So, that’s about all I have time for, but, of course I’m open to any feedback and questions! So, feel free to hit me up and let me know how I can help you!

I’m not an expert nor have I been around here the longest but I know (obviously) how hard it is to wake up every single morning and work on the project(s) that are in our hearts to build and then, after a super-long day, remember to engage with your Patreon Community! It’s really tough!

Thanks…! And of course, THANK YOU PATREON!



Thank you so much for sharing.


Best Patreon post I’ve read all year! Brilliant insights. Thanks ever so much for this.


… and the year is still very young… I just hope it’s helpful! I’m sure there will be many more (and better) posts to come!

Maybe in a few months I’ll do another update.


Great post! Thank you very much.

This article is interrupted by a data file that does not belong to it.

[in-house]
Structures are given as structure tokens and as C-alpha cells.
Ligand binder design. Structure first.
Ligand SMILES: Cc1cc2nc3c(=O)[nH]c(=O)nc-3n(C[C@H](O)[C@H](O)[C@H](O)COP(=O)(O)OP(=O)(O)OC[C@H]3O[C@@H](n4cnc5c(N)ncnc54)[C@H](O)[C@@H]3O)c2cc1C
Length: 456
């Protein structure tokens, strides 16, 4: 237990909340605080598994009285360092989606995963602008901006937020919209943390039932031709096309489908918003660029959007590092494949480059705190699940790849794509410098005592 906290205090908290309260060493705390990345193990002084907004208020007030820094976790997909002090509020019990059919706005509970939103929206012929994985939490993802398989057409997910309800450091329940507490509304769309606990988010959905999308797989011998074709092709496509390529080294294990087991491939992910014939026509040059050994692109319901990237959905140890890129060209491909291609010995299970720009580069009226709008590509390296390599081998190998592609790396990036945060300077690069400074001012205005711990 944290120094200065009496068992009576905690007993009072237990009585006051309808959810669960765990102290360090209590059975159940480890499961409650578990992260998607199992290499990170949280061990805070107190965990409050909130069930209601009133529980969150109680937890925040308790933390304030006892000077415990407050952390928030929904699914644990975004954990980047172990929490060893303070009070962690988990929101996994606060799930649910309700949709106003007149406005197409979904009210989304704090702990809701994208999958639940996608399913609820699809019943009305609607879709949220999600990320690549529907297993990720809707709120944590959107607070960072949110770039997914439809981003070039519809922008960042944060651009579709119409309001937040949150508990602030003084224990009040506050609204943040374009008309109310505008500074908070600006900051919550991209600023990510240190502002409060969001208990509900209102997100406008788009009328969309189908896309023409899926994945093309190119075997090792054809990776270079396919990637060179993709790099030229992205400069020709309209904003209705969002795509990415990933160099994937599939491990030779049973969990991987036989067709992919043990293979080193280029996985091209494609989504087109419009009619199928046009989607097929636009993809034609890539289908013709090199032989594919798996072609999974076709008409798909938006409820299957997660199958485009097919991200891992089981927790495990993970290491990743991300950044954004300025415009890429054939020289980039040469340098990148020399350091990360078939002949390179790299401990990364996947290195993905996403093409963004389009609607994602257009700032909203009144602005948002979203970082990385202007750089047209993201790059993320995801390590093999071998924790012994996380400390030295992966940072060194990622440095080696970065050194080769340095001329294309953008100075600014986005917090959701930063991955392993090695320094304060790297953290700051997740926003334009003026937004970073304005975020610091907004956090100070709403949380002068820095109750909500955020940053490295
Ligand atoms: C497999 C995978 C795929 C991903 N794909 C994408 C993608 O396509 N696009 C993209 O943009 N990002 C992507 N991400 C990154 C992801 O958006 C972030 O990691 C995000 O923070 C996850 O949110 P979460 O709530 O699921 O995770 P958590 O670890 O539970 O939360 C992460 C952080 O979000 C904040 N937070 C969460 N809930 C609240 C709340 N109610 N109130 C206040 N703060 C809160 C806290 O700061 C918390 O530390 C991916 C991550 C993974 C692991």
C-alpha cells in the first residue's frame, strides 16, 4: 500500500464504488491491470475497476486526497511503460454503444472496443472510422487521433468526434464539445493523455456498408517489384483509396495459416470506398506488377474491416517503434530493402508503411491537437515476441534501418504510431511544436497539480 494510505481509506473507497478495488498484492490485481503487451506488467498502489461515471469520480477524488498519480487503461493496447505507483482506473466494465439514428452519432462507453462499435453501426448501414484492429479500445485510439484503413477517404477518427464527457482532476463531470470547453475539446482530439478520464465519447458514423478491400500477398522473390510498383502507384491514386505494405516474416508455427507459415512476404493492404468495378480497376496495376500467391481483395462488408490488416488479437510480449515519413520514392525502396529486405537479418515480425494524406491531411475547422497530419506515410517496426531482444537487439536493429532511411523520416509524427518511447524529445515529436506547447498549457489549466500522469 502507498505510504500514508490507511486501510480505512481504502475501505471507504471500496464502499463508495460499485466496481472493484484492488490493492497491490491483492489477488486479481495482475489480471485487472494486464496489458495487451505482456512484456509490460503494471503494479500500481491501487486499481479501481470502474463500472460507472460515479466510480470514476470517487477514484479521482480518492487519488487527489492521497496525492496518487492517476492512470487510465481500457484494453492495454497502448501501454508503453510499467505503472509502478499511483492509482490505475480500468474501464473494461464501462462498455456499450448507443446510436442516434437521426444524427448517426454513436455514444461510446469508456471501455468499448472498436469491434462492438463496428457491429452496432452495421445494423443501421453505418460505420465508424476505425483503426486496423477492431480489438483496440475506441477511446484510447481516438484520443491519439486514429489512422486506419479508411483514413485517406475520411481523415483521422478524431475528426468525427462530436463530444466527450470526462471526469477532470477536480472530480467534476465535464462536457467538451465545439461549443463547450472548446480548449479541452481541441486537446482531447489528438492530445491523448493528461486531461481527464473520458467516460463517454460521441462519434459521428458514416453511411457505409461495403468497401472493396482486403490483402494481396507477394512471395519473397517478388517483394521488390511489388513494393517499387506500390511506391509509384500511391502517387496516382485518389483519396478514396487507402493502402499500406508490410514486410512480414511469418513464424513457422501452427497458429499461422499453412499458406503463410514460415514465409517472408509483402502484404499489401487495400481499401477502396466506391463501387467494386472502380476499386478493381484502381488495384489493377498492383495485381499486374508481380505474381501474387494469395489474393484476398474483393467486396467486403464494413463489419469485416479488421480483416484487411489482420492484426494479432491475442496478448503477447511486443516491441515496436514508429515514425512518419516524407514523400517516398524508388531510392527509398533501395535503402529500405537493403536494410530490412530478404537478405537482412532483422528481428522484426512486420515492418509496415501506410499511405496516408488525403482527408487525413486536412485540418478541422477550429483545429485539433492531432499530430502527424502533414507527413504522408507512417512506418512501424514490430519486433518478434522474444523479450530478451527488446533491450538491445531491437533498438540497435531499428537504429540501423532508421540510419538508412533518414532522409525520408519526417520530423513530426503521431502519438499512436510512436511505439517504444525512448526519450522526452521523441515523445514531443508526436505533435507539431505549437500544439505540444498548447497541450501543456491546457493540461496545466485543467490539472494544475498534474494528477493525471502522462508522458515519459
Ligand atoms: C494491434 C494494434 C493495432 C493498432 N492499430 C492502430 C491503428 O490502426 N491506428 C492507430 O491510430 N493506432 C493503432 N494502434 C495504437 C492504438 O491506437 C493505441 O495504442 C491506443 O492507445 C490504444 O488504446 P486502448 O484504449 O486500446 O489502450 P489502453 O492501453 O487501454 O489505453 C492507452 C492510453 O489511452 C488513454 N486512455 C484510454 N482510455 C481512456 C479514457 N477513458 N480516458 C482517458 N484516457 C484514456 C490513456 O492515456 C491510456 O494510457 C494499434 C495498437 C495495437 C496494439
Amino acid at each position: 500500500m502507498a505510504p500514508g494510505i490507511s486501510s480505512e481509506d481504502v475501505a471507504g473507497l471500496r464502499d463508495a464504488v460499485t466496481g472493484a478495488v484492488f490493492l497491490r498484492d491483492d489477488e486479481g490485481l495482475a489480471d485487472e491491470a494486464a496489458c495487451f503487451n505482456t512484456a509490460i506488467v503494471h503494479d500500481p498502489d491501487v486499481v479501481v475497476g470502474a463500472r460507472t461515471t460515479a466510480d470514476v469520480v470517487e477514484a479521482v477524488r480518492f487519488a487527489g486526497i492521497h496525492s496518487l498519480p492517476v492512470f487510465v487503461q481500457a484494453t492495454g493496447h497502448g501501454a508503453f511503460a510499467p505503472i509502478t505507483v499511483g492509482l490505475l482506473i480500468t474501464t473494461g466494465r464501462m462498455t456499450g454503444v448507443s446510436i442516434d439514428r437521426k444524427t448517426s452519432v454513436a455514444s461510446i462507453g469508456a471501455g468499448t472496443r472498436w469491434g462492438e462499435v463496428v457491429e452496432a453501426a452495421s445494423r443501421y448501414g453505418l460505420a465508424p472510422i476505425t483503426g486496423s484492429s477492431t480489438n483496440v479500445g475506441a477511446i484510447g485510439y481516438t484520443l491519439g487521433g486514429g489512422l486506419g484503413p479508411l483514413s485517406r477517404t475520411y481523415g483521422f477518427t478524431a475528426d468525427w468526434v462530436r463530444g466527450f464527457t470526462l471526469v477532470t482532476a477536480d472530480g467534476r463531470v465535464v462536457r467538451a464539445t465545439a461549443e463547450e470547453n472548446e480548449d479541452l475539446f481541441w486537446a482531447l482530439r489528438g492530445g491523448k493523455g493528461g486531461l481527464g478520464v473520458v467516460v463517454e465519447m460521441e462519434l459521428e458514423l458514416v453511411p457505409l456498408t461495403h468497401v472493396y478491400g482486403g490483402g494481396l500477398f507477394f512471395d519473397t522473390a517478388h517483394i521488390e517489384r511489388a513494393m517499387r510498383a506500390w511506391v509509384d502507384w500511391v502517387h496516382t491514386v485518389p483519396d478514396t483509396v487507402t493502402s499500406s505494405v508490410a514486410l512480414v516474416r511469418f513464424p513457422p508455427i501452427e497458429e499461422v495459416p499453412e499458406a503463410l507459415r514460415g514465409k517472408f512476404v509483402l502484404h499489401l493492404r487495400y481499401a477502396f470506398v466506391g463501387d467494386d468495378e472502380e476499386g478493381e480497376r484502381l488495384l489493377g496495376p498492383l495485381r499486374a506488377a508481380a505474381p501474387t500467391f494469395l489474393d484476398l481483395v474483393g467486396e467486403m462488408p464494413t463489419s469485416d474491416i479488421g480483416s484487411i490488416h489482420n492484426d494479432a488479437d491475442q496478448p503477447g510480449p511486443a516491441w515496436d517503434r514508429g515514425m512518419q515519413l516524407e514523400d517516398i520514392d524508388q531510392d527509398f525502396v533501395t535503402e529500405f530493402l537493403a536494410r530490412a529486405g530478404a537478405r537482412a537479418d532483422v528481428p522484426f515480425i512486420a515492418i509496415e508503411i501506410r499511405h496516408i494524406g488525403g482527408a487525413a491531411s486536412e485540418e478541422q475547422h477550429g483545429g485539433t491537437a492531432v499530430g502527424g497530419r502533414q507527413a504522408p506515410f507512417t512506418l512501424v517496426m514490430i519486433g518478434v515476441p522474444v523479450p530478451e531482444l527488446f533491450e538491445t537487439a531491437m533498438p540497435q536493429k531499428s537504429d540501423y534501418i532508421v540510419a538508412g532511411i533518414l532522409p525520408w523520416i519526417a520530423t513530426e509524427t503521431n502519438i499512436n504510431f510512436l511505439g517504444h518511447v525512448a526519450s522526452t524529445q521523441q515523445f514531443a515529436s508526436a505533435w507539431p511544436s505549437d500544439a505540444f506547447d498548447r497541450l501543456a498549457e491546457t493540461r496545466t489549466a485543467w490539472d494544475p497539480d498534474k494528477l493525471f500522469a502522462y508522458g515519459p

Regarding this question:

Here’s what I messaged to the group of folks who had “declined” payments:

Hey there… it’s @John.

I see that Patreon wasn’t able to process your pledge… which might be an issue on their end or on yours. This is besides the point though.

Peter and I have really enjoyed Patreon as a way to support the growing costs of what it takes to pull all of this off. You already know a lot about what goes on already, so, no need to list things out here.

But, we’re trying our best to understand the needs of our community and I just wanted to reach out and get some feedback!

If Patreon (and the content that we’re creating) isn’t up-to-snuff… Peter and I want to know about that! We’re focused on making this a great place to be and that you can not only see and understand where the money is going but also feel like you get 100X the value.

Line is open here… so lmk. And thanks again for your decision to even commit in the first place! Means a ton.